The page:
Tuesday, May 1, 2012

Recipes: Evelyn Hammersley's Ice Box Rolls

(Part of what I'd like to do with this blog is post recipes verbatim from my grandmother Geneveive's treasured recipe box. However, Genevieve's recipe box is a little intimidating and I wasn't sure where to start. So I just reached in and grabbed one at random. I have no idea who Evelyn Hammersley is, but based on the use of the word "icebox," I'm guessing this recipe dates from the Depression or earlier.)

Evelyn Hammersley's Ice Box* Rolls

Makes about 4 dozen, party size

2 cups boiling water
2 heaping tablespoons lard
1 tablespoon salt
1/2 cup sugar

Pour boiling water over all ingredients and dissolve. Let cool until lukewarm. moisten two cake pans with 1/4 cup lukewarm water. Add 1 teaspoon sugar. Add 2 eggs beaten. Add all ingredients to the first mixture. Add 4 cups of sifted flour. Beat hard. Then add 3 cups more sifted flour. Put in icebox overnight. Make into rolls as desired and let raise 4 hours before baking.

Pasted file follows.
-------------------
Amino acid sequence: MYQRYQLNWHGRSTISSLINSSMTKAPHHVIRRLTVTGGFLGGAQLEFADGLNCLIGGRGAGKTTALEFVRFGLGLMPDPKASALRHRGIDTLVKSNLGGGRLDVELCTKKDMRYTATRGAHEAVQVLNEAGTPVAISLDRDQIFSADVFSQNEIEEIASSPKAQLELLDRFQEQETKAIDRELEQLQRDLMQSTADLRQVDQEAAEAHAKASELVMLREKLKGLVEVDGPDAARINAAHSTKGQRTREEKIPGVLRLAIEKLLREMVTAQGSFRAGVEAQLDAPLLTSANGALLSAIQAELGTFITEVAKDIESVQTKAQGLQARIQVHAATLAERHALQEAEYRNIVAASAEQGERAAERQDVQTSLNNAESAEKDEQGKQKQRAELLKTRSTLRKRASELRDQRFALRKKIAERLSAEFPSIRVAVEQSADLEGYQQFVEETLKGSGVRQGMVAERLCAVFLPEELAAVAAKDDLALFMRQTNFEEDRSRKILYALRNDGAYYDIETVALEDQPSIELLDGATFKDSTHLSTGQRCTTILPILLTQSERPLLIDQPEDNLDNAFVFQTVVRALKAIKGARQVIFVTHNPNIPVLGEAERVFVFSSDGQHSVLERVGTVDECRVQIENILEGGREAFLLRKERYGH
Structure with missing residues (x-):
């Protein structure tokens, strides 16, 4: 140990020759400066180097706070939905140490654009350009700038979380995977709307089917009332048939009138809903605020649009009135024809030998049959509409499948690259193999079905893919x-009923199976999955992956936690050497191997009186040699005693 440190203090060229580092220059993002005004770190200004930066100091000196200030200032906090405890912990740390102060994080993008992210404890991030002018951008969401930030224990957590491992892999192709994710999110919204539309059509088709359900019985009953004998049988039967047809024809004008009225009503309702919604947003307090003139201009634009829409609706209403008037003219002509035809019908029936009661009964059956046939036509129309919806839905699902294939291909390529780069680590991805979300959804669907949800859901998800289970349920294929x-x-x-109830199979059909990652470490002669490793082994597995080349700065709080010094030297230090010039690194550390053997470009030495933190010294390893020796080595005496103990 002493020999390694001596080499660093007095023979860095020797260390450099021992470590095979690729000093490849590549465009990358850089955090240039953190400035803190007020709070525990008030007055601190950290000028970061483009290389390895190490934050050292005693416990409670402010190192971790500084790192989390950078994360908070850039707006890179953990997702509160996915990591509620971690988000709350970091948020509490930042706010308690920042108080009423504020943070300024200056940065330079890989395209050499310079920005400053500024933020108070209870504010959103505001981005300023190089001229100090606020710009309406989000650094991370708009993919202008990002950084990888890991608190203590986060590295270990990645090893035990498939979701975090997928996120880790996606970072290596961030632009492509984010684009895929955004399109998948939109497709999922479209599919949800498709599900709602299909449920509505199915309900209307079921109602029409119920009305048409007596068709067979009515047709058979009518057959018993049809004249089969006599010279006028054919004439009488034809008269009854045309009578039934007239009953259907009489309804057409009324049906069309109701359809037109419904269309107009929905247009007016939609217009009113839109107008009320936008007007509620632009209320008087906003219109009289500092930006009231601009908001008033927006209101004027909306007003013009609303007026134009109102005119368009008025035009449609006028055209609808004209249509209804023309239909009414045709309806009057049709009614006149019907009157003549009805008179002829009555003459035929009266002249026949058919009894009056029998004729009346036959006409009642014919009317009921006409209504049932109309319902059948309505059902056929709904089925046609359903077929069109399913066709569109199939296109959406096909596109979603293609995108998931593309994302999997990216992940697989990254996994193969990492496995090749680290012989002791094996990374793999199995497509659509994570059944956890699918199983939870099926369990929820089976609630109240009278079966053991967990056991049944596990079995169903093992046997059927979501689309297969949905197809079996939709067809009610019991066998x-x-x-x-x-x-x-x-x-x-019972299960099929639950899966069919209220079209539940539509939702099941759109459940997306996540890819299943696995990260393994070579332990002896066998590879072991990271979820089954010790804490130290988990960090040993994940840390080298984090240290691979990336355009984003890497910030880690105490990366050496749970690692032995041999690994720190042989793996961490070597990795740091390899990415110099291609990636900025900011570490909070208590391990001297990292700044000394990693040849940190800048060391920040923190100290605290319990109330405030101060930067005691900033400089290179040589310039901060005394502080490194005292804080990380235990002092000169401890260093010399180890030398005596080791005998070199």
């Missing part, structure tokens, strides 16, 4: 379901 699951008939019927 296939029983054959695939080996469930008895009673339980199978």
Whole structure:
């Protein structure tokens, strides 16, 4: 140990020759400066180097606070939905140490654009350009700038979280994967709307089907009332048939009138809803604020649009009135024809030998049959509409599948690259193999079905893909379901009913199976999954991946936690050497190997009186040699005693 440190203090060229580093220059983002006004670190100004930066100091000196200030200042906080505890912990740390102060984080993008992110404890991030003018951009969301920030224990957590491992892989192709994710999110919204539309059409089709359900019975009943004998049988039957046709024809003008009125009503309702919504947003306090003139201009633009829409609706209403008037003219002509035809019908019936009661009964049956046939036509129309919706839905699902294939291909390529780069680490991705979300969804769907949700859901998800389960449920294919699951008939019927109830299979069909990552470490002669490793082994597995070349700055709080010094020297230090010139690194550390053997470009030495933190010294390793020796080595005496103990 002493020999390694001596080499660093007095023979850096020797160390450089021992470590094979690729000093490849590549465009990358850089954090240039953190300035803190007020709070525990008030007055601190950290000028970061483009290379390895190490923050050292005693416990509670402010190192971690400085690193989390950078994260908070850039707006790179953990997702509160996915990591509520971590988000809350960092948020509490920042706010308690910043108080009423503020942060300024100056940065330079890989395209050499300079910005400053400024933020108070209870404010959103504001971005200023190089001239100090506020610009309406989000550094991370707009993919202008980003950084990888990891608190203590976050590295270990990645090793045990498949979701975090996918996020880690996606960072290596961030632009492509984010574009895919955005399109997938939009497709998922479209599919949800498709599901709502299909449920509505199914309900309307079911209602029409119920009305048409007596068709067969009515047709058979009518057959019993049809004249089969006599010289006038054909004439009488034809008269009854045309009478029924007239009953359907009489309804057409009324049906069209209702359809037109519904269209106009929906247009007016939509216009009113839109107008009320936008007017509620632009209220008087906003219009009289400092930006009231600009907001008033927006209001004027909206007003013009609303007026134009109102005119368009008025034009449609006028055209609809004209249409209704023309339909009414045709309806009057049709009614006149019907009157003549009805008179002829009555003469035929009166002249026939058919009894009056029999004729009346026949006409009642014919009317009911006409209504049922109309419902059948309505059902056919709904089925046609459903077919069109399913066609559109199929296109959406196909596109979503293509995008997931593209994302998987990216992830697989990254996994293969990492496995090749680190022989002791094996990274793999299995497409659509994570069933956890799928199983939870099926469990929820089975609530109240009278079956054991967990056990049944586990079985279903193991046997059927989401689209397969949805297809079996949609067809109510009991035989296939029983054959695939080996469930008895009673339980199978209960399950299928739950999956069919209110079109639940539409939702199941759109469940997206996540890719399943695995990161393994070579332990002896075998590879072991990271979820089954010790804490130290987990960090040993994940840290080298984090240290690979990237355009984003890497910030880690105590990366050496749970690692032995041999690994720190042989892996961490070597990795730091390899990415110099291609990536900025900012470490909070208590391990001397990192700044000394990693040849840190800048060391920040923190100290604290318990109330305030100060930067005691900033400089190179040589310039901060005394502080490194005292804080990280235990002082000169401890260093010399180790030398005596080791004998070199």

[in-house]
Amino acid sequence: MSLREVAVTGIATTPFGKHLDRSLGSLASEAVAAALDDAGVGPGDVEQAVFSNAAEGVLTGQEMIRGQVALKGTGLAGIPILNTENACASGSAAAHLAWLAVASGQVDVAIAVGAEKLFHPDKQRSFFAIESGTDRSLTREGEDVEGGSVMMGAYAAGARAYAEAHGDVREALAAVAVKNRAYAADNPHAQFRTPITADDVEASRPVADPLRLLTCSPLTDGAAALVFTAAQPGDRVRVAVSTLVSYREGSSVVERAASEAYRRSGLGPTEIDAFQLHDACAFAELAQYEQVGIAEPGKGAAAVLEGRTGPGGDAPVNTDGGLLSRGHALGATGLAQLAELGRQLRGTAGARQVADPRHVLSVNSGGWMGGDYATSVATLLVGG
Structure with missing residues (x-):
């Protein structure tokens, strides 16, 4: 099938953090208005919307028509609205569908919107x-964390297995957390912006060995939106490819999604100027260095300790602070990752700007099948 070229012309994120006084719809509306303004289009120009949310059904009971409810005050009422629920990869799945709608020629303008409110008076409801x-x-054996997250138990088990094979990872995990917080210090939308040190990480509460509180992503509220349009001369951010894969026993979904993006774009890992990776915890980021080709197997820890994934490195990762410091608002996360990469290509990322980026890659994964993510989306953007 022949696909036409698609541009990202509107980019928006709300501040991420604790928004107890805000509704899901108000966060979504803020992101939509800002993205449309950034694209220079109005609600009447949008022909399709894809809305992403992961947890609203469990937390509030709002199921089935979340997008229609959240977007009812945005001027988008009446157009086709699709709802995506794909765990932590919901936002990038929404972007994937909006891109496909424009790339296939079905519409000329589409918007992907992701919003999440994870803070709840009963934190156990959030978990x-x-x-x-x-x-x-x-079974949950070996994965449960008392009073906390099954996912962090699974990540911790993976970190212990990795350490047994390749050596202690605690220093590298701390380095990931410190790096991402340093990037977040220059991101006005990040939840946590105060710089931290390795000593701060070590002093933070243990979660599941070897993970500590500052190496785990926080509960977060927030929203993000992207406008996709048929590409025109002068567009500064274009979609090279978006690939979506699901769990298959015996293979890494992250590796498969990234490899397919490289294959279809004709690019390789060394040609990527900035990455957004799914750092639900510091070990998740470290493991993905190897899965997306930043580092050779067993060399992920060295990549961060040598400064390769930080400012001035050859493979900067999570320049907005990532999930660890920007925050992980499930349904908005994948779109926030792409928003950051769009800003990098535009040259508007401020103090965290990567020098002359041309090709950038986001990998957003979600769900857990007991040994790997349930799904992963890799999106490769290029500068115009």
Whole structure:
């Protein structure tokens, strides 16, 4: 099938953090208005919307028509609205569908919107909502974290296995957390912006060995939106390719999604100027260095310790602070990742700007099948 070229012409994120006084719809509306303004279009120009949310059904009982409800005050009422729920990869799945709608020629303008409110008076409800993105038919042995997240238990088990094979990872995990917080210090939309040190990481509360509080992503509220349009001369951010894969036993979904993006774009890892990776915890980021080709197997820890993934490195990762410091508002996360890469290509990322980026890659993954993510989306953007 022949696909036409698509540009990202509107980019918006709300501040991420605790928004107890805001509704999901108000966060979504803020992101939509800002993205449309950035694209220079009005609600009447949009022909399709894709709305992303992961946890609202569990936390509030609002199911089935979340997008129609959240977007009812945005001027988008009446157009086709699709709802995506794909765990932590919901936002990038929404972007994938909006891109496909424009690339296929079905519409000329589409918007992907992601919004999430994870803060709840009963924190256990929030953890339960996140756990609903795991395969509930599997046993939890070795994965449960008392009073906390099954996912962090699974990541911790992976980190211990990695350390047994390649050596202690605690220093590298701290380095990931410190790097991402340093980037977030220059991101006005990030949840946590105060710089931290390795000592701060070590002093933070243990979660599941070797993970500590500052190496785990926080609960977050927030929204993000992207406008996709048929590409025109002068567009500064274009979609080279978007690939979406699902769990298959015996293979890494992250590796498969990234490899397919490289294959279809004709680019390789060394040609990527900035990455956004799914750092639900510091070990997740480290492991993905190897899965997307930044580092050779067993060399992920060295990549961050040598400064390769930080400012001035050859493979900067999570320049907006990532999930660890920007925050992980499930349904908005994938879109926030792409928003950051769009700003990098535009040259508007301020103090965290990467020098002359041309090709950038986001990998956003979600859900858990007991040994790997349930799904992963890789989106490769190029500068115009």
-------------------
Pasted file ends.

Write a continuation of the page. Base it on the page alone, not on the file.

For caramel pecan rolls: Take from icebox and roll out on well-floured board in a large strip about 3/4-inch thick. Spread with melted butter. Sprinkle with 3 tablespoons sugar and 1 tablespoon cinnamon mixed together. Roll up; slice into rolls about 1-inch thick. Line baking tins or muffin tins with melted butter, brown sugar and pecans and raisins. Place rolls in tins flat-side down, let raise four hours before baking.

* From the late 19th century well through the 1930s, almost every home contained a piece of furniture called an “icebox” – the precursor to our modern-day refrigerator. Iceboxes featured a compartment at the top where a block of ice would sit, and the convection from the cool air would keep anything in the cupboard underneath cool and fresh. To keep these iceboxes stocked with ice, a whole industry developed – ice harvesting, or ice-cutting, in which blocks of ice were cut from frozen lakes, streams and marshes in the dead of winter and stored for use year-round. Ironically, some of the best taverns in Chicago used ice cubes in their drinks that were harvested from the crystal clear waters of nearby Geneva Lake.

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